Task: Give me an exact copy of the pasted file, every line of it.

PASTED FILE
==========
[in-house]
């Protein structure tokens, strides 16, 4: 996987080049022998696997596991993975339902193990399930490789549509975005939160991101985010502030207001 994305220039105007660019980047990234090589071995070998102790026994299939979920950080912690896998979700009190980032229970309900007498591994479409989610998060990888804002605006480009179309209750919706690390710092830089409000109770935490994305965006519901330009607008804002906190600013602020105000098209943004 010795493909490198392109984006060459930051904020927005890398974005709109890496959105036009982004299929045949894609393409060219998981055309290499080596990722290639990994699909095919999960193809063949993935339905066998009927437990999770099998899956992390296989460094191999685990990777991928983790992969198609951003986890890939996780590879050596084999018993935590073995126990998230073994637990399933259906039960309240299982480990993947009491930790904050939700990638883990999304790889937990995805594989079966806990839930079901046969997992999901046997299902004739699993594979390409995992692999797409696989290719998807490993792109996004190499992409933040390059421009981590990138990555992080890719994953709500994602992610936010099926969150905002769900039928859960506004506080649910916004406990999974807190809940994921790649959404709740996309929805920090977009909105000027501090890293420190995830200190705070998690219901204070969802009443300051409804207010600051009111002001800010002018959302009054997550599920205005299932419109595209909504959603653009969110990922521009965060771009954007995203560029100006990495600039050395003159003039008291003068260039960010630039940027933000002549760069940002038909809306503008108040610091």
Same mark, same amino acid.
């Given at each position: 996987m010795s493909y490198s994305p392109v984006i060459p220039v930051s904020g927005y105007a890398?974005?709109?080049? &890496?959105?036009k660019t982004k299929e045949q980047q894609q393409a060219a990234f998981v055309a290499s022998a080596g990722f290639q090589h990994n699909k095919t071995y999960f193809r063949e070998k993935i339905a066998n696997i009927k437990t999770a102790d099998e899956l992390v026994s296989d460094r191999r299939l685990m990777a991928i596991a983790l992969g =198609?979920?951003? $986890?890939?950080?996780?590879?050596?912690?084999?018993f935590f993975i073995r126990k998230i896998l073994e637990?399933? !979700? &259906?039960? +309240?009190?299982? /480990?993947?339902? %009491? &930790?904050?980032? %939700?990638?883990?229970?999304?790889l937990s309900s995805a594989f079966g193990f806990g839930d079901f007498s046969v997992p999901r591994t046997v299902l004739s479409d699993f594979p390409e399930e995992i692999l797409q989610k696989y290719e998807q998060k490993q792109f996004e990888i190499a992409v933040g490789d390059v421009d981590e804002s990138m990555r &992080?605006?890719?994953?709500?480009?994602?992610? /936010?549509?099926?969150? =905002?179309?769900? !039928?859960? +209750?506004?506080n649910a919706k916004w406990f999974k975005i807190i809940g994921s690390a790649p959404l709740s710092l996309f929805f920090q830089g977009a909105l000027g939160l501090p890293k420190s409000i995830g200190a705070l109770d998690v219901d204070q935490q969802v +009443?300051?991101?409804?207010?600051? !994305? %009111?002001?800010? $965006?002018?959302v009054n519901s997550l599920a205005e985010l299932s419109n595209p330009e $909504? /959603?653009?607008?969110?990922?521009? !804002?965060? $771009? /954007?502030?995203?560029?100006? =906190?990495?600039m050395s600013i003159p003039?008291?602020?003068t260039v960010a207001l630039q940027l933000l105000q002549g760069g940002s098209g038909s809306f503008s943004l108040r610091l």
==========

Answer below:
[in-house]
């Protein structure tokens, strides 16, 4: 996987080049022998696997596991993975339902193990399930490789549509975005939160991101985010502030207001 994305220039105007660019980047990234090589071995070998102790026994299939979920950080912690896998979700009190980032229970309900007498591994479409989610998060990888804002605006480009179309209750919706690390710092830089409000109770935490994305965006519901330009607008804002906190600013602020105000098209943004 010795493909490198392109984006060459930051904020927005890398974005709109890496959105036009982004299929045949894609393409060219998981055309290499080596990722290639990994699909095919999960193809063949993935339905066998009927437990999770099998899956992390296989460094191999685990990777991928983790992969198609951003986890890939996780590879050596084999018993935590073995126990998230073994637990399933259906039960309240299982480990993947009491930790904050939700990638883990999304790889937990995805594989079966806990839930079901046969997992999901046997299902004739699993594979390409995992692999797409696989290719998807490993792109996004190499992409933040390059421009981590990138990555992080890719994953709500994602992610936010099926969150905002769900039928859960506004506080649910916004406990999974807190809940994921790649959404709740996309929805920090977009909105000027501090890293420190995830200190705070998690219901204070969802009443300051409804207010600051009111002001800010002018959302009054997550599920205005299932419109595209909504959603653009969110990922521009965060771009954007995203560029100006990495600039050395003159003039008291003068260039960010630039940027933000002549760069940002038909809306503008108040610091």
Same mark, same amino acid.
């Given at each position: 996987m010795s493909y490198s994305p392109v984006i060459p220039v930051s904020g927005y105007a890398?974005?709109?080049? &890496?959105?036009k660019t982004k299929e045949q980047q894609q393409a060219a990234f998981v055309a290499s022998a080596g990722f290639q090589h990994n699909k095919t071995y999960f193809r063949e070998k993935i339905a066998n696997i009927k437990t999770a102790d099998e899956l992390v026994s296989d460094r191999r299939l685990m990777a991928i596991a983790l992969g =198609?979920?951003? $986890?890939?950080?996780?590879?050596?912690?084999?018993f935590f993975i073995r126990k998230i896998l073994e637990?399933? !979700? &259906?039960? +309240?009190?299982? /480990?993947?339902? %009491? &930790?904050?980032? %939700?990638?883990?229970?999304?790889l937990s309900s995805a594989f079966g193990f806990g839930d079901f007498s046969v997992p999901r591994t046997v299902l004739s479409d699993f594979p390409e399930e995992i692999l797409q989610k696989y290719e998807q998060k490993q792109f996004e990888i190499a992409v933040g490789d390059v421009d981590e804002s990138m990555r &992080?605006?890719?994953?709500?480009?994602?992610? /936010?549509?099926?969150? =905002?179309?769900? !039928?859960? +209750?506004?506080n649910a919706k916004w406990f999974k975005i807190i809940g994921s690390a790649p959404l709740s710092l996309f929805f920090q830089g977009a909105l000027g939160l501090p890293k420190s409000i995830g200190a705070l109770d998690v219901d204070q935490q969802v +009443?300051?991101?409804?207010?600051? !994305? %009111?002001?800010? $965006?002018?959302v009054n519901s997550l599920a205005e985010l299932s419109n595209p330009e $909504? /959603?653009?607008?969110?990922?521009? !804002?965060? $771009? /954007?502030?995203?560029?100006? =906190?990495?600039m050395s600013i003159p003039?008291?602020?003068t260039v960010a207001l630039q940027l933000l105000q002549g760069g940002s098209g038909s809306f503008s943004l108040r610091l």